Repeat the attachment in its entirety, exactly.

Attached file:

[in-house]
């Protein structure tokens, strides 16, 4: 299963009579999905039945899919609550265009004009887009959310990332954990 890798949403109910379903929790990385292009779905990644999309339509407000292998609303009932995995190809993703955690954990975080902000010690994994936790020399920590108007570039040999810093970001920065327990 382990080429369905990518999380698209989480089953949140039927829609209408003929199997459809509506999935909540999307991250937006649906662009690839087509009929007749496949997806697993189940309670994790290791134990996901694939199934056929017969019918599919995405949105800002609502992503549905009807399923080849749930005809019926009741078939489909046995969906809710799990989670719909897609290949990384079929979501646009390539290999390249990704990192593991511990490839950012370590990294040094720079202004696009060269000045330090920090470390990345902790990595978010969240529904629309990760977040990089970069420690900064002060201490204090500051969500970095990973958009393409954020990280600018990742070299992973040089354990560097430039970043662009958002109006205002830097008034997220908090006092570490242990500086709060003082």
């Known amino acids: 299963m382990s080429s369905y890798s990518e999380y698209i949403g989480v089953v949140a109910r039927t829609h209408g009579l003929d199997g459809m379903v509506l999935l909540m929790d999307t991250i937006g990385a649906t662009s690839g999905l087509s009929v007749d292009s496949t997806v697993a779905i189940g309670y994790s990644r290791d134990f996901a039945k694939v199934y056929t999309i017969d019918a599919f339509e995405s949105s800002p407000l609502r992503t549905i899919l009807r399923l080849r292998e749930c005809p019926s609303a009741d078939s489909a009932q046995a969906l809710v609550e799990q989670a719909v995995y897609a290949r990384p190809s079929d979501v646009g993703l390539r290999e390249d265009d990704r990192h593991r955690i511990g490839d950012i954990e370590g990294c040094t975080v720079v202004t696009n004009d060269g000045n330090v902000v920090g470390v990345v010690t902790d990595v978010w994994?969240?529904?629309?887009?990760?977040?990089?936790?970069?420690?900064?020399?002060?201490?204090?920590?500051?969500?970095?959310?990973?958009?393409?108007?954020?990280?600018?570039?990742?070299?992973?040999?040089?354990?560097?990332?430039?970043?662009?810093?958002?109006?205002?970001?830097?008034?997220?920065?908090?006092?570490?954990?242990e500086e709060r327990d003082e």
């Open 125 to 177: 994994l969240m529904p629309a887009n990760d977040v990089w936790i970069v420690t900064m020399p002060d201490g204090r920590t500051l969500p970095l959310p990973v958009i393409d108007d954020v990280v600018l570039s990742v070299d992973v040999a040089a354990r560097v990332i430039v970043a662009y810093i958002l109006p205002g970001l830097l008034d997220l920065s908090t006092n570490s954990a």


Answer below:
[in-house]
């Protein structure tokens, strides 16, 4: 299963009579999905039945899919609550265009004009887009959310990332954990 890798949403109910379903929790990385292009779905990644999309339509407000292998609303009932995995190809993703955690954990975080902000010690994994936790020399920590108007570039040999810093970001920065327990 382990080429369905990518999380698209989480089953949140039927829609209408003929199997459809509506999935909540999307991250937006649906662009690839087509009929007749496949997806697993189940309670994790290791134990996901694939199934056929017969019918599919995405949105800002609502992503549905009807399923080849749930005809019926009741078939489909046995969906809710799990989670719909897609290949990384079929979501646009390539290999390249990704990192593991511990490839950012370590990294040094720079202004696009060269000045330090920090470390990345902790990595978010969240529904629309990760977040990089970069420690900064002060201490204090500051969500970095990973958009393409954020990280600018990742070299992973040089354990560097430039970043662009958002109006205002830097008034997220908090006092570490242990500086709060003082």
């Known amino acids: 299963m382990s080429s369905y890798s990518e999380y698209i949403g989480v089953v949140a109910r039927t829609h209408g009579l003929d199997g459809m379903v509506l999935l909540m929790d999307t991250i937006g990385a649906t662009s690839g999905l087509s009929v007749d292009s496949t997806v697993a779905i189940g309670y994790s990644r290791d134990f996901a039945k694939v199934y056929t999309i017969d019918a599919f339509e995405s949105s800002p407000l609502r992503t549905i899919l009807r399923l080849r292998e749930c005809p019926s609303a009741d078939s489909a009932q046995a969906l809710v609550e799990q989670a719909v995995y897609a290949r990384p190809s079929d979501v646009g993703l390539r290999e390249d265009d990704r990192h593991r955690i511990g490839d950012i954990e370590g990294c040094t975080v720079v202004t696009n004009d060269g000045n330090v902000v920090g470390v990345v010690t902790d990595v978010w994994?969240?529904?629309?887009?990760?977040?990089?936790?970069?420690?900064?020399?002060?201490?204090?920590?500051?969500?970095?959310?990973?958009?393409?108007?954020?990280?600018?570039?990742?070299?992973?040999?040089?354990?560097?990332?430039?970043?662009?810093?958002?109006?205002?970001?830097?008034?997220?920065?908090?006092?570490?954990?242990e500086e709060r327990d003082e």
């Open 125 to 177: 994994l969240m529904p629309a887009n990760d977040v990089w936790i970069v420690t900064m020399p002060d201490g204090r920590t500051l969500p970095l959310p990973v958009i393409d108007d954020v990280v600018l570039s990742v070299d992973v040999a040089a354990r560097v990332i430039v970043a662009y810093i958002l109006p205002g970001l830097l008034d997220l920065s908090t006092n570490s954990a």